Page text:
SECTION 28 (1), ORGANISATION OF WORKING TIME ACT, 1997
BLACKROCK LEISURE LIMITED T/A BLACKROCK LEISURE
(REPRESENTED BY MS. SARAH JANE JUDGE B.L.
INSTRUCTED BY TIERNANS SOLICITORS)
- AND -
(REPRESENTED BY RICHARD H MC DONNELL SOLICITORS)
Chairman: Mr Geraghty
Employer Member: Ms Doyle
Worker Member: Mr Hall
1. Appeal Of Adjudication Officer Decision No. ADJ-00008267.
2. The Employer appealed the Decision of an Adjudication Officer to the Labour Court on the 17th October 2018 in accordance with Section 28(1) of the Organisation of Working Time Act, 1997. A Labour Court hearing took place on the 23rd July 2019. The following is the Determination of the Court.
Ms. Nulty, ‘the Complainant’, stated that she worked for Blackrock Leisure Ltd., ‘the Respondent’ from 2 September 2015 until 3 February 2017. This was disputed by the Respondent, who claimed that she was employed from 26 September 2016 .The Complainant raised a number of complaints regarding what she claimed as breaches of her rights under the Organisation of Working Time Act 1997, ‘the Act’.
The Complainant referred a case under the Act to the Workplace Relations Commission, (WRC). The Respondent did not attend the WRC hearing and the Adjudication Officer, (AO), found in favour of the Complainant and accepted that her rights had been breached under the Act.
Specifically, the AO found as follows;
1 That the Complainant worked 3 out of 4 Sundays and had not been paid a premium, contrary to s.14 of the Act
2 In the annual leave year 2016/17, the Complainant had not received her annual leave entitlements, (Ss. 19 and 23 of the Act)
3 Contrary to s.21 of the Act, the Complainant had not been given a day’s pay, a day off in lieu or a day off within one month of 4 Public Holidays that she had worked within the reference period.
Compensation was awarded for each of the breaches.
The Respondent appealed this decision to the Court.
The Complainant was employed as a cashier from 2 September 2015 until 3 February 2017. She was paid an hourly rate of €10.50 per hour, which was reduced unilaterally to €9.50 per hour from 9 January 2017. She worked 42 hours per week.
The Complainant was not paid a premium for Sunday work, although she worked three out of four Sundays every month.
The Complainant was not given her annual leave entitlement in the leave year 2016/17.
The Complainant worked Public Holidays in the reference period. None of the compensatory arrangements set out in s.21 of the Act were applied to her.
The Complainant did not receive her breaks, contrary to s.12 of the Act.
The Complainant was employed from 26 September 2016 to 3 February 2017.
The Complainant did not work three out of four Sundays, as claimed, and she did not work the Public Holidays concerned in the reference period.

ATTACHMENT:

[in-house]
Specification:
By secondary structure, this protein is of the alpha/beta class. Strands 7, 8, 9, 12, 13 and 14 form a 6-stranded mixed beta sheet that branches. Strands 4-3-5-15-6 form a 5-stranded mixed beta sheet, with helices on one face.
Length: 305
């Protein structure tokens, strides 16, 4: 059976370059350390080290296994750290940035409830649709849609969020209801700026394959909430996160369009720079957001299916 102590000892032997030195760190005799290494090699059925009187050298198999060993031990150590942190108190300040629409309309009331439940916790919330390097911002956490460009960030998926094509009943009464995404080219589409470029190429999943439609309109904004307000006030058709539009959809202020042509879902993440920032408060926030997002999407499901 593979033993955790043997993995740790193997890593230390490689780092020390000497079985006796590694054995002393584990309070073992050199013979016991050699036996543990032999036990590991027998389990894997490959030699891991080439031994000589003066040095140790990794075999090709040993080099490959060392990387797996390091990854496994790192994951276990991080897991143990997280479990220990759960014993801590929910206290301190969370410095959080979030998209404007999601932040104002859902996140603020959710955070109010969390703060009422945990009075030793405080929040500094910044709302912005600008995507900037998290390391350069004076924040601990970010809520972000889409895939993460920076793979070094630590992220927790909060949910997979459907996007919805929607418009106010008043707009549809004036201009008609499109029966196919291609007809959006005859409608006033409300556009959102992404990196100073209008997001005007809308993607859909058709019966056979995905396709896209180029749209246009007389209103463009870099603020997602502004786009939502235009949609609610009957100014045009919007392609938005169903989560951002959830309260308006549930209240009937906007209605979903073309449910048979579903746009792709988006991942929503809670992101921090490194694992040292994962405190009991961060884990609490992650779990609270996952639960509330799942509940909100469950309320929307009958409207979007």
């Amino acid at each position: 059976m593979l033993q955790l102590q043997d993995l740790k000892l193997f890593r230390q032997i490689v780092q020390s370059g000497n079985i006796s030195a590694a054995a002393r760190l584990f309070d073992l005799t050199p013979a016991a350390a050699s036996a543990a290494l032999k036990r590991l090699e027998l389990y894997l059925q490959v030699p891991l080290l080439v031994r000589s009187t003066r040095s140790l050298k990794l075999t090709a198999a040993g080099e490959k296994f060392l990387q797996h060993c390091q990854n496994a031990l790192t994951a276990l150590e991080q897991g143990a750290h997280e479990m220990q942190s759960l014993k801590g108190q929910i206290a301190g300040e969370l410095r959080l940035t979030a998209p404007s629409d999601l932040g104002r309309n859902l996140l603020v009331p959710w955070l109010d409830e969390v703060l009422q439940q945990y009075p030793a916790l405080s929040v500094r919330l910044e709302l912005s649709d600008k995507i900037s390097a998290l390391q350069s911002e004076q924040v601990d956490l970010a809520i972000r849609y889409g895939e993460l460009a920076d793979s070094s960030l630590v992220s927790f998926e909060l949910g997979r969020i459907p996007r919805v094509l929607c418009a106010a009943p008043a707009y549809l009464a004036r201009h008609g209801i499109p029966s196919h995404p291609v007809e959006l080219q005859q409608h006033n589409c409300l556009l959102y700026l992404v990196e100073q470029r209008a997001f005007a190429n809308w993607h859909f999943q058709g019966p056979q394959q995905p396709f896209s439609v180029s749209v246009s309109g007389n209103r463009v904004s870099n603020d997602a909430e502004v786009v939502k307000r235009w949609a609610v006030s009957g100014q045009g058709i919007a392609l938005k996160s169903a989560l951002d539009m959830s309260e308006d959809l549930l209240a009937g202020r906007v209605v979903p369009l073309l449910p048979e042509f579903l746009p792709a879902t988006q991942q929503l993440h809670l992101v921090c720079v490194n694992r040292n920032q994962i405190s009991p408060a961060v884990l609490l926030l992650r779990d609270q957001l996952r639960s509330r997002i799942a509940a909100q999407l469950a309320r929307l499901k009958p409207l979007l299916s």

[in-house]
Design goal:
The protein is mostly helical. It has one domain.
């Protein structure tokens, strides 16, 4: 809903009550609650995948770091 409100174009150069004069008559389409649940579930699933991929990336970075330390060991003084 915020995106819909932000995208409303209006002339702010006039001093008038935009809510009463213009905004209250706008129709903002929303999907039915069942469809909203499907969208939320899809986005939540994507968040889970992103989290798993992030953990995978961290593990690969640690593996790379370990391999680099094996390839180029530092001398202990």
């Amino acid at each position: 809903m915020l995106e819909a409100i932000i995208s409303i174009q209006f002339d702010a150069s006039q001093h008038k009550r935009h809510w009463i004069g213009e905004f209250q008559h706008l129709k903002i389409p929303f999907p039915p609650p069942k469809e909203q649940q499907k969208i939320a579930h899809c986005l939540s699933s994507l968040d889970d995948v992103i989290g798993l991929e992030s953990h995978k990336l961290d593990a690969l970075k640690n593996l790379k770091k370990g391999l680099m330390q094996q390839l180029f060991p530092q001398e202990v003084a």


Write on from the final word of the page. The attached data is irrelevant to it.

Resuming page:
The award in respect of annual leave was based on the incorrect assertion that the Complainant worked 42 hours per week. She worked 10 hours per week.
There must be a legal contract of employment between the parties if the Complainant is to be entitled to redress. If the Complainant’s version of events is favoured by the Court then the Complainant was aware that she would receive her wages in cash without deduction of income tax and was, therefore, fully complicit in the arrangement. In the case of a contract which is not entered into for an illegal purpose nor prohibited by statute, the performance of the contract to be unenforceable requires not just that it involves illegality but also that the employee actively participated in the illegality.
The case ofHayden v. Sean Quinn Properties Limited(1994) ELR 54is authority for the above proposition, (reference was made also to the ruling inHussein v The Labour Court (HC) (2014)).
Ms. Ann Connolly
Ms. Connolly stated that she was the Office Manager for the Respondent.
The witness stated that the Complainant worked 10 hours per week for the Respondent and that she commenced working for the Respondent in September 2016. She stated that the Complainant had started as a cashier and had helped out by emptying the machines and had assisted with events. She stated that the company employed three cashiers, each of whom worked 10 hours per week.
In respect of the various claims made by the Complainant, the witness stated as follows;
1 The Complainant never worked Bank Holidays
2 To the best of the witness’ knowledge, the Complainant never worked Sundays
3 As the Complainant only worked 10 hours per week, she did not have an entitlement to breaks
4 The Complainant received a cheque for €193.78 in respect of her holiday entitlements when she was dismissed
The witness was shown 2 photographs, one from 1 November 2015 and one from August 2016 from the Respondent’s Facebook page. Both showed the Complainant. The first showed a ‘Happy Halloween’ message from the Respondent and the second showed a ‘Thank you’ message from all the staff of the Respondent to all who came to the Respondent’s party. The witness confirmed that the Complainant was not in the photographs as a regular customer but she was unable to explain her presence. The witness also claimed not to recognise a number of those in the second photograph.
In response to a query on the attendance of the Director at the premises, the witness stated that the Director, Ms. McGarrity, was frequently on the premises alone.
Ms. Ann-Marie Nulty
Ms. Nulty is the Complainant.
The witness gave evidence that she was employed by the Respondent from September 2015 to February 2017. She said that she was appointed as a manager from August 2016. This involved, among other duties, putting a roster together. At all times there would be 2 or 3 cashiers on the premises.
The Complainant stated that she knew Mr. Gary Mullen to be the owner of the Respondent, who also owned similar businesses in Dublin, Newry and Dundalk.
The witness denied that she had only ever worked 10 hours per week. On the contrary, she stated that she worked 4 to 5 days per week with work days of up to 10 hours per day. She stated that the casino stayed open past midnight every night, with a cut off time of 4am.
The witness described how she had been called out one night to turn off the alarm after a break in.
The witness described how party events were held on Bank Holiday week-ends, Christmas and Halloween and that the photographs showing the staff in costume were photographs of these events.